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Kids Reap Yoga Benefits Too

Saturday, October 02, 2010 by: Deanna Dean
Tags: yoga, kids, health news

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(NewsTarget) Just like their parents, kids today are learning to relax with yoga.
Stress is not the province of adults only. Children today encounter many stressful life events at earlier ages from homework, competition with other children, tight schedules, and extra-curricular activities.

Yoga combines several techniques for stress reduction using breathing exercises, meditation practice, and guided imagery: clearly preferable options than giving your child Ritalin. Long term use of Ritalin, by the way, can slow a child's growth, among other nefarious side effects that should cause any loving parent deep concern.

"It's been shown that children who are hyperactive or struggle with attention-deficit disorder crave movement and sensory/motor stimulus. When these impulses are channeled in a positive way, they help instill confidence and calmness." Yoga can provide a myriad of benefits toward this end.

If you can't introduce your children to yoga with a qualified yoga class, then make yoga a fun, creative part of your home life.

Kate Holcombe, founder and president of the Healing Yoga Foundation in San Francisco, says her children love practicing yoga with her in their living room.
She never makes it a requirement, just an open invitation to join her as part of their lifestyle. "Adapt your practice to your lifestyle and your children's needs."

If your child is prone to anxiety or has trouble falling asleep, Kate Holcombe recommends this breathing/meditation practice for six to ten year-olds. It's one form of Pranayama breathing which is the way a baby breathes naturally. With stress over time we forget how to do this.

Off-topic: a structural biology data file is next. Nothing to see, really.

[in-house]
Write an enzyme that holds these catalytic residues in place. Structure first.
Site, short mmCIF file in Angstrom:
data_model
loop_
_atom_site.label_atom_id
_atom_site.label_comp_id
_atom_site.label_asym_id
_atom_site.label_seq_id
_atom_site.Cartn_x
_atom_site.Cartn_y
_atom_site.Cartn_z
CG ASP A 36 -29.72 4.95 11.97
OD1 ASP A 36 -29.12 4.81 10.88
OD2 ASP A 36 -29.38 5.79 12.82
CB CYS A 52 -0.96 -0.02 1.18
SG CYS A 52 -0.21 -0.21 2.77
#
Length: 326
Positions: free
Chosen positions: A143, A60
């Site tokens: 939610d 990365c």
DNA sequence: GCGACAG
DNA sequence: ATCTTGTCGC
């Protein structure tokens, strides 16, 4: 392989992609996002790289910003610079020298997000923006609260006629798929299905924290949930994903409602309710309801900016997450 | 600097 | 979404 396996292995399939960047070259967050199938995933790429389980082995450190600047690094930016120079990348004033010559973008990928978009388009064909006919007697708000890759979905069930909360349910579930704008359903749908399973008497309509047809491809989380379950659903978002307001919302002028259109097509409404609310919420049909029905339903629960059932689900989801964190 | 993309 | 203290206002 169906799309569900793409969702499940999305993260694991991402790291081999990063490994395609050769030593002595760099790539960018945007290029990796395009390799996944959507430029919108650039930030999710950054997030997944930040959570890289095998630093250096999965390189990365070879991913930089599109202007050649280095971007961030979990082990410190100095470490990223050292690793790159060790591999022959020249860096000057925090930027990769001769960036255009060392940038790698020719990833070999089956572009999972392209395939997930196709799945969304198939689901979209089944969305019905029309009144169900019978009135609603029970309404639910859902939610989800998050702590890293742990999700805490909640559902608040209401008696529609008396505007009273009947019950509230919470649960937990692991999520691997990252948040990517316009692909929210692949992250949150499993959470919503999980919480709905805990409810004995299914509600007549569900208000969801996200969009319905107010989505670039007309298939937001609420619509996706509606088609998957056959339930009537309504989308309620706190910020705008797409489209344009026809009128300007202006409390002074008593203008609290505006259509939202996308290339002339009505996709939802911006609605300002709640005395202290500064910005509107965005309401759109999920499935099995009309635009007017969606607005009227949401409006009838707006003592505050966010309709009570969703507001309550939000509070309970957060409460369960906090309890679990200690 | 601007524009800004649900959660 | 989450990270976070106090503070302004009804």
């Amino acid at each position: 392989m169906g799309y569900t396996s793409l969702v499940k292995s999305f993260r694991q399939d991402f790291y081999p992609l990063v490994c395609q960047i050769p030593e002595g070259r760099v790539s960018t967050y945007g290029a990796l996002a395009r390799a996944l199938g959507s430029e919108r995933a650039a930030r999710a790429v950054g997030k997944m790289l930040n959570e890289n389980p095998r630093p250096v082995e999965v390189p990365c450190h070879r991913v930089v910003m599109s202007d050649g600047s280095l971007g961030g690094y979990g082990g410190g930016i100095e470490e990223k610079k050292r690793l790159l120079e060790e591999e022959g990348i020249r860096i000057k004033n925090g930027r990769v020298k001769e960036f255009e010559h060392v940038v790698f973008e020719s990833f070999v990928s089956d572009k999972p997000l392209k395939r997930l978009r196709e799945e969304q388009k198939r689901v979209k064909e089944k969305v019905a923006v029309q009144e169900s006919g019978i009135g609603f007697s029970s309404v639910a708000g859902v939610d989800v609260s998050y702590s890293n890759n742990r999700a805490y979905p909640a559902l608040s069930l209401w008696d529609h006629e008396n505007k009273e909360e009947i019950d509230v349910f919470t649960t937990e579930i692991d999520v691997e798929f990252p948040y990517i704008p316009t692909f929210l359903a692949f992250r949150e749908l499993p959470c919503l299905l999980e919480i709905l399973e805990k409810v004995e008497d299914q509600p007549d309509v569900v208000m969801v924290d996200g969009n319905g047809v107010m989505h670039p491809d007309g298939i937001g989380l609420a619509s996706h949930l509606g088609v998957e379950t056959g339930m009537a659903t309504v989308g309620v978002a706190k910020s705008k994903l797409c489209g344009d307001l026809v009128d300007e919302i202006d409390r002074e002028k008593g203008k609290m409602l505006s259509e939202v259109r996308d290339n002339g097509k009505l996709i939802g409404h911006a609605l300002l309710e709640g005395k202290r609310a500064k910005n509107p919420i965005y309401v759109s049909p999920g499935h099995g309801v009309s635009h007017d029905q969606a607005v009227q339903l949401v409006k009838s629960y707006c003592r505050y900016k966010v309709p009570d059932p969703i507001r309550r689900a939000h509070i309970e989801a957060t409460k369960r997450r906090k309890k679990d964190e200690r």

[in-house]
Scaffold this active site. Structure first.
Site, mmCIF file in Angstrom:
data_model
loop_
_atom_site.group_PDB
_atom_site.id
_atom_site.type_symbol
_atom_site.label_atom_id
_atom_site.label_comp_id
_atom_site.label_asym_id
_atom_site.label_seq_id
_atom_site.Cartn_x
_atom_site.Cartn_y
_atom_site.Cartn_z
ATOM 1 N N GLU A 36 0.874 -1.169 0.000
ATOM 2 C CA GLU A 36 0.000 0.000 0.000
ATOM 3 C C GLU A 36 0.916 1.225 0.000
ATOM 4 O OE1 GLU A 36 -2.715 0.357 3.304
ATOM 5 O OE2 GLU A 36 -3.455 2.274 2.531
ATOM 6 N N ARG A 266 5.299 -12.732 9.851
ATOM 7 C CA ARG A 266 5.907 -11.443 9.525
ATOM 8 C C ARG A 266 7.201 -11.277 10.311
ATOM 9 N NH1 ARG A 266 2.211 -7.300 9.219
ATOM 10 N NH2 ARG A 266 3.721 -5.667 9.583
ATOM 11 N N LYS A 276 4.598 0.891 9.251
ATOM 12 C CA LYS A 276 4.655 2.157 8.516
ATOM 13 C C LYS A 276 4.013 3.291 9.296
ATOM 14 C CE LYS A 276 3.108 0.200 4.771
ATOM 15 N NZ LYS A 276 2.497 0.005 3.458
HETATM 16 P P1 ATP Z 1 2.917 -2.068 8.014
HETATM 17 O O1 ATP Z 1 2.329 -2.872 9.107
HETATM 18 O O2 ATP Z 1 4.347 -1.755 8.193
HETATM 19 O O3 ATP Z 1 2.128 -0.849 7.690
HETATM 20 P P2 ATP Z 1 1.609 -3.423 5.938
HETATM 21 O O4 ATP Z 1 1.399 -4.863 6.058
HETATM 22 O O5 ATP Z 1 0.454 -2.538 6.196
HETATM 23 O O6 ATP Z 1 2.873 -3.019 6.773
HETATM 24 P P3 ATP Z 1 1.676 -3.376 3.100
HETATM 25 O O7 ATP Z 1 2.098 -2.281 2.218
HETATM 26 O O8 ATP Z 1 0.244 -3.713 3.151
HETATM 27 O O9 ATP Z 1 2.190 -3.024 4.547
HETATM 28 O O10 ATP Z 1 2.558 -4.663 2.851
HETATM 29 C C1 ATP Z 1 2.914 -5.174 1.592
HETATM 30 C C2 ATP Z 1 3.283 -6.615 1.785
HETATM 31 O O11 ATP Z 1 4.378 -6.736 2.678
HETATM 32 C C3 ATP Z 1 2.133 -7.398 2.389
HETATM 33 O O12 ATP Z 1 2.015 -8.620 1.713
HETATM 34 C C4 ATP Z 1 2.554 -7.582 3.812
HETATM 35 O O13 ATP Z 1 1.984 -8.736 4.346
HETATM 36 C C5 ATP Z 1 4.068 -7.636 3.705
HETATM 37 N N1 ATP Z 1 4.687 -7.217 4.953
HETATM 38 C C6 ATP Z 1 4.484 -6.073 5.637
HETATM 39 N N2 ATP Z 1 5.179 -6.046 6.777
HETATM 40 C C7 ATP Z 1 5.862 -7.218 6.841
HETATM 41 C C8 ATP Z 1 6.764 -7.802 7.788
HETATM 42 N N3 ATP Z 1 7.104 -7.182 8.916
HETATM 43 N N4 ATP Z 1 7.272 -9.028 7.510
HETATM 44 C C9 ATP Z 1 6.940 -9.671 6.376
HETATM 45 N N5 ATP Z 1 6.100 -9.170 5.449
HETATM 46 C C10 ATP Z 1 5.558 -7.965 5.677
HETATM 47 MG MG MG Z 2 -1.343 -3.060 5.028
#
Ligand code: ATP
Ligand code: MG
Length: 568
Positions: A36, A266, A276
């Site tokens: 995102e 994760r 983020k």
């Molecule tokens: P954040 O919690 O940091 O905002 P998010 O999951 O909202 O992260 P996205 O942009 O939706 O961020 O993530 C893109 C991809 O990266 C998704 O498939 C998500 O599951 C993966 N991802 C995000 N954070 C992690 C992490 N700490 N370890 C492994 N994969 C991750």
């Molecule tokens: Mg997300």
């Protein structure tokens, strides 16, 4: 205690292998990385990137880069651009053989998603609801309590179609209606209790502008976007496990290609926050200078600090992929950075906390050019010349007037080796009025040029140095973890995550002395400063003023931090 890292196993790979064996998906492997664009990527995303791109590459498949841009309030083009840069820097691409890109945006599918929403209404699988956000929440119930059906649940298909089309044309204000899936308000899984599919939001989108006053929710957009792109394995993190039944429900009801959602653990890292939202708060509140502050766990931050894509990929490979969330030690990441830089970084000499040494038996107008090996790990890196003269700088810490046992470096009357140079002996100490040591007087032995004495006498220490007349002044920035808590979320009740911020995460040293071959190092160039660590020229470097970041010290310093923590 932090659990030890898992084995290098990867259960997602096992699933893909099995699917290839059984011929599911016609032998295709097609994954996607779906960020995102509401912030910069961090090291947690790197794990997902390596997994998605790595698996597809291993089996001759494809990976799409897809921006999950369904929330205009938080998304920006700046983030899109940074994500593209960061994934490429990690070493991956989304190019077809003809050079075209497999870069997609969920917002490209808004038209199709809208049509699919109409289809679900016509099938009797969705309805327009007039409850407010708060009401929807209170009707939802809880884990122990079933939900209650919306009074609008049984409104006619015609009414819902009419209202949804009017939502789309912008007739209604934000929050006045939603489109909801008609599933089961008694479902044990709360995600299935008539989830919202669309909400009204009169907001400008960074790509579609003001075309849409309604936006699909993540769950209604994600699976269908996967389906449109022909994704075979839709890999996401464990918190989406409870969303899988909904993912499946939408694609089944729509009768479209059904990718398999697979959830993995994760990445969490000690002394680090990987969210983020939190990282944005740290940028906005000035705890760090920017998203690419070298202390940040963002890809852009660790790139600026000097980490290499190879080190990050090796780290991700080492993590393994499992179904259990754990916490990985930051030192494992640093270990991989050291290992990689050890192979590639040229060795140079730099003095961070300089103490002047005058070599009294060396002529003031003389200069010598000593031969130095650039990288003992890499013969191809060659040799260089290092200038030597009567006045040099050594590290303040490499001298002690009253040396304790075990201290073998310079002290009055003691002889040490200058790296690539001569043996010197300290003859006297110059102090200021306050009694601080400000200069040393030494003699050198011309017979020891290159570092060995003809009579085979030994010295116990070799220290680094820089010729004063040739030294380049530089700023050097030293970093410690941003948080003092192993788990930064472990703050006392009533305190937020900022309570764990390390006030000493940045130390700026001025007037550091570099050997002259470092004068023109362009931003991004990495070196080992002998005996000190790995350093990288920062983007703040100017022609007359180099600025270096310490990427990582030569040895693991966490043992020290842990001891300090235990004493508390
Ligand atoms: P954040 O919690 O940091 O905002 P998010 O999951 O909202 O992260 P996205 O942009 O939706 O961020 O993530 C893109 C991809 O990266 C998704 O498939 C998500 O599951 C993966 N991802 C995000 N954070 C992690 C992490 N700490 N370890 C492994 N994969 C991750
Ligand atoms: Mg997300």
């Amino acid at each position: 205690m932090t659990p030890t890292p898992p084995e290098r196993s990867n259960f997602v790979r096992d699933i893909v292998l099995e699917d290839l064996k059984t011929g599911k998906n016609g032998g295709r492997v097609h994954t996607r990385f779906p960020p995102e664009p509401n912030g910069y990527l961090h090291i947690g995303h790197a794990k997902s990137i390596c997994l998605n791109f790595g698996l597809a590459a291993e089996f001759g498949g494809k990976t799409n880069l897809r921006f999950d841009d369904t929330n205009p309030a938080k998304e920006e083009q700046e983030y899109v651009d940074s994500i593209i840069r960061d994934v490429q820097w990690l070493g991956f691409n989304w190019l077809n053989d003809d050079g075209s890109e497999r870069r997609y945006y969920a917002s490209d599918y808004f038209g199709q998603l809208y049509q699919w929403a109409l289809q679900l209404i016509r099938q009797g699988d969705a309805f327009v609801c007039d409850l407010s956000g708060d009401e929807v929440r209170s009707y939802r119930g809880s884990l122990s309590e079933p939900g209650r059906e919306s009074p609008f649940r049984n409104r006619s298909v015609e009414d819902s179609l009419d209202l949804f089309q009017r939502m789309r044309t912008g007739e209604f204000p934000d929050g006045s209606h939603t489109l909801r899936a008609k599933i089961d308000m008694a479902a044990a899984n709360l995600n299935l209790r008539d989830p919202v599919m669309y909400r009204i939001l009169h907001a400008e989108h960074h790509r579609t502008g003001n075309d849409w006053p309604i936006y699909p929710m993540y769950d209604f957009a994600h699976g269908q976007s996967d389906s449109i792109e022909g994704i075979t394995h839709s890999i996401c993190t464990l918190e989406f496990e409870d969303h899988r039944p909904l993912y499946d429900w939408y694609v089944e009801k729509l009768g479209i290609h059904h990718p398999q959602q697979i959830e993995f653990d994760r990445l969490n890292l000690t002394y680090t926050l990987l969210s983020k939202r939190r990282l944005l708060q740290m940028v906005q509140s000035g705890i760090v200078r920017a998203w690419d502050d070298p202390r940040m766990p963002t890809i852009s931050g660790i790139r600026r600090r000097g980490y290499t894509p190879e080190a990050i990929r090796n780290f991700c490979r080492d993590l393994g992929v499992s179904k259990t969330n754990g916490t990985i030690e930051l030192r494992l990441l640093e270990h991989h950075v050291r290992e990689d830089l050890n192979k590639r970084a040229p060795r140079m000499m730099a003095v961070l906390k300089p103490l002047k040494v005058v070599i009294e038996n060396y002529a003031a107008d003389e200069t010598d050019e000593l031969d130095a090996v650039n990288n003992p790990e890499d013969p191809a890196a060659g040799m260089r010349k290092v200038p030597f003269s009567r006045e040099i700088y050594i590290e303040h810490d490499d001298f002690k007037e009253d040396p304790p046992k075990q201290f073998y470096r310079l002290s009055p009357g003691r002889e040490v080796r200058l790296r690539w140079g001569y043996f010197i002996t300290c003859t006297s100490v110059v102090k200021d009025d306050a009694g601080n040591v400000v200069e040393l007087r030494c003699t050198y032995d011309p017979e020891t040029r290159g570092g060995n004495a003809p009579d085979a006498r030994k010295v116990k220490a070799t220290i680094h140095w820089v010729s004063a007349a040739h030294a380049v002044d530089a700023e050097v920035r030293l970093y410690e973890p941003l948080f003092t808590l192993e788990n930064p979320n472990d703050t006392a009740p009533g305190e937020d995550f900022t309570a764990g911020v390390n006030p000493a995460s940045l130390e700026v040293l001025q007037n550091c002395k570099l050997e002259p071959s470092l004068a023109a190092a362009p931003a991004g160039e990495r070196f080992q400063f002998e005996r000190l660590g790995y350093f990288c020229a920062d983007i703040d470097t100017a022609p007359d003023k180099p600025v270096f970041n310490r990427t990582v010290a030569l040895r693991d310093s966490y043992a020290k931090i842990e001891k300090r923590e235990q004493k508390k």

Holcombe explains, "Once children become familiar with the practice they can do it anywhere. Sit comfortably and ask your children to place a palm on their belly and begin breathing through their nostrils. Then ask them to feel their belly expand under their hands as they inhale, and feel the belly gently sink as they exhale. Start with six to twelve breaths and continue for up to five minutes." As they become more experienced, "the exhalation can be bit longer than the inhalation to further activate the parasympathetic nervous system, which triggers the relaxation response." This breathing technique helps them stay centered and calm in difficult situations throughout the day.

Lisa Orkin, a certified Kripalu Yoga instructor, Yoga Therapist and occupational therapist who has studied Yoga Therapy at the Vivekananda Kendra Yoga Research Foundation in Bangalore, India says, "One technique that encourages relaxation is visualization. At first I may have them focus on belly breathing and listen to relaxing music. Then I may ask them to imagine they are at the beach, playing their favorite sport, or doing some other activity they like. At the end of the relaxation exercise, I encourage the children to share their own experiences.

"Another approach is to create a guided visualization or story with a calming theme of some kind. The idea is to instill a sense of peace and feeling of oneness with nature."

Rajmani Tigunait, spiritual head of the Himalayan Institute in Honesdale, Pennsylvania says it is important to teach only what you practice. "Let your children see that your practice makes you happy and let them follow you."

Yoga is not about touching your toes or competing with the person next to you in class. It teaches acceptance of ourselves and patience. In the practice of yoga we learn to be still, quiet our mind, and accept our limited abilities.

What wonderful lessons we can offer our children with the practice of yoga.

Your healthmate,
Deanna Dean

http://www.yogasite.com/yoga%20kids.htm/ Lisa Orkin
yoga journal/October 2010/Shannon Sexton




About the author

Deanna Dean is the Wellness Director for Your Health Coach, a company dedicated to health and wellness education.
website: yourhealthcoachdee.com
Dee is a Wellness & Weight Loss Coach, a Certified Natural Health Professional, is pursuing an ND degree-Naturopathic Doctor, is a certified Raw Chef, certified in Dietary Guidelines from the Cooper Institute for Aerobics Research, former Personal Trainer, Yoga and Fitness Studio Owner, TV and Radio Guest, Health Columnist.
Deanna develops customized programs to enhance the health of her clients, educates, and coaches dieters for safe weight loss.

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